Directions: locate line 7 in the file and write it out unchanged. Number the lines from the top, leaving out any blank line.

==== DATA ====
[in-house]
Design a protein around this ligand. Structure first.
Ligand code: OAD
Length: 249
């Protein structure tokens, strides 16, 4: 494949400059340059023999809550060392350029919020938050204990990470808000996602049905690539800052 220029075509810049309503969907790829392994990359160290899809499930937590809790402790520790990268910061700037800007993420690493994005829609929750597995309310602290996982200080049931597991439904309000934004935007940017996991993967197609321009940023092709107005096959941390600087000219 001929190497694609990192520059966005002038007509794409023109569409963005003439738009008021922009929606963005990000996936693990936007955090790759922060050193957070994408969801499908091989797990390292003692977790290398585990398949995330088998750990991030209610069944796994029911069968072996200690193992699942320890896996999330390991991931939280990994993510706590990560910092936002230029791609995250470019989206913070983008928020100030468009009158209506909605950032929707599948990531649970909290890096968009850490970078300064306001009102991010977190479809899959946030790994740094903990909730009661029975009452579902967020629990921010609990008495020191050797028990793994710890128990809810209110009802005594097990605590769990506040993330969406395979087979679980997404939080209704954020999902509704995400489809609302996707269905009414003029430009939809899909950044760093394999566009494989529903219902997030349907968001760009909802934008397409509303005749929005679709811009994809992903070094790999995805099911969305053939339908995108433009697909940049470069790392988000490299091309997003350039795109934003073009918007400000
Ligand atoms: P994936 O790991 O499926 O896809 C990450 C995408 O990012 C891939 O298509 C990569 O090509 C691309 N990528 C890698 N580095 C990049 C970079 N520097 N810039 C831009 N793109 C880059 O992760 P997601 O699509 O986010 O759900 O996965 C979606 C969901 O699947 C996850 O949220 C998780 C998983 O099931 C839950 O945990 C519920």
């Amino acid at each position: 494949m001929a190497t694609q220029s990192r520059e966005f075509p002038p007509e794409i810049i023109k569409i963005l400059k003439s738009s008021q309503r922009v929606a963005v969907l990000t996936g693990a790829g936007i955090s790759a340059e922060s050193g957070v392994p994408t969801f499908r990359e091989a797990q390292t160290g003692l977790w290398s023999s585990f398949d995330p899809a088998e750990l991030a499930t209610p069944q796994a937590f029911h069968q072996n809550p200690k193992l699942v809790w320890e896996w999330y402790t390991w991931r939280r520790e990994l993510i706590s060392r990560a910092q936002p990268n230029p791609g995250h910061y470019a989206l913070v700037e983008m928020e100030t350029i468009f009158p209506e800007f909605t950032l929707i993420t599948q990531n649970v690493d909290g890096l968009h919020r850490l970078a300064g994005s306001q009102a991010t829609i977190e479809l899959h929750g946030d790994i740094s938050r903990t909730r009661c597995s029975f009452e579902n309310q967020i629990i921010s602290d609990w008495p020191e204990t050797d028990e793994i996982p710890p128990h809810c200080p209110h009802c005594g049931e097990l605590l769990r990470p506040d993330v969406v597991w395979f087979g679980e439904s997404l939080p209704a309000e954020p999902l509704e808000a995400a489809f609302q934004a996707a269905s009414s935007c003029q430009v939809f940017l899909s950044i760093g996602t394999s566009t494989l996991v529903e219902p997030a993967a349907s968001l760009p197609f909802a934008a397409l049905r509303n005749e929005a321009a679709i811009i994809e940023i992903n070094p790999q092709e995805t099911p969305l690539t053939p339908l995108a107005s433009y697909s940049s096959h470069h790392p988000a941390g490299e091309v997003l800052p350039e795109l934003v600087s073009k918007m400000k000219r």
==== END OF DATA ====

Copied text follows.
């Amino acid at each position: 494949m001929a190497t694609q220029s990192r520059e966005f075509p002038p007509e794409i810049i023109k569409i963005l400059k003439s738009s008021q309503r922009v929606a963005v969907l990000t996936g693990a790829g936007i955090s790759a340059e922060s050193g957070v392994p994408t969801f499908r990359e091989a797990q390292t160290g003692l977790w290398s023999s585990f398949d995330p899809a088998e750990l991030a499930t209610p069944q796994a937590f029911h069968q072996n809550p200690k193992l699942v809790w320890e896996w999330y402790t390991w991931r939280r520790e990994l993510i706590s060392r990560a910092q936002p990268n230029p791609g995250h910061y470019a989206l913070v700037e983008m928020e100030t350029i468009f009158p209506e800007f909605t950032l929707i993420t599948q990531n649970v690493d909290g890096l968009h919020r850490l970078a300064g994005s306001q009102a991010t829609i977190e479809l899959h929750g946030d790994i740094s938050r903990t909730r009661c597995s029975f009452e579902n309310q967020i629990i921010s602290d609990w008495p020191e204990t050797d028990e793994i996982p710890p128990h809810c200080p209110h009802c005594g049931e097990l605590l769990r990470p506040d993330v969406v597991w395979f087979g679980e439904s997404l939080p209704a309000e954020p999902l509704e808000a995400a489809f609302q934004a996707a269905s009414s935007c003029q430009v939809f940017l899909s950044i760093g996602t394999s566009t494989l996991v529903e219902p997030a993967a349907s968001l760009p197609f909802a934008a397409l049905r509303n005749e929005a321009a679709i811009i994809e940023i992903n070094p790999q092709e995805t099911p969305l690539t053939p339908l995108a107005s433009y697909s940049s096959h470069h790392p988000a941390g490299e091309v997003l800052p350039e795109l934003v600087s073009k918007m400000k000219r």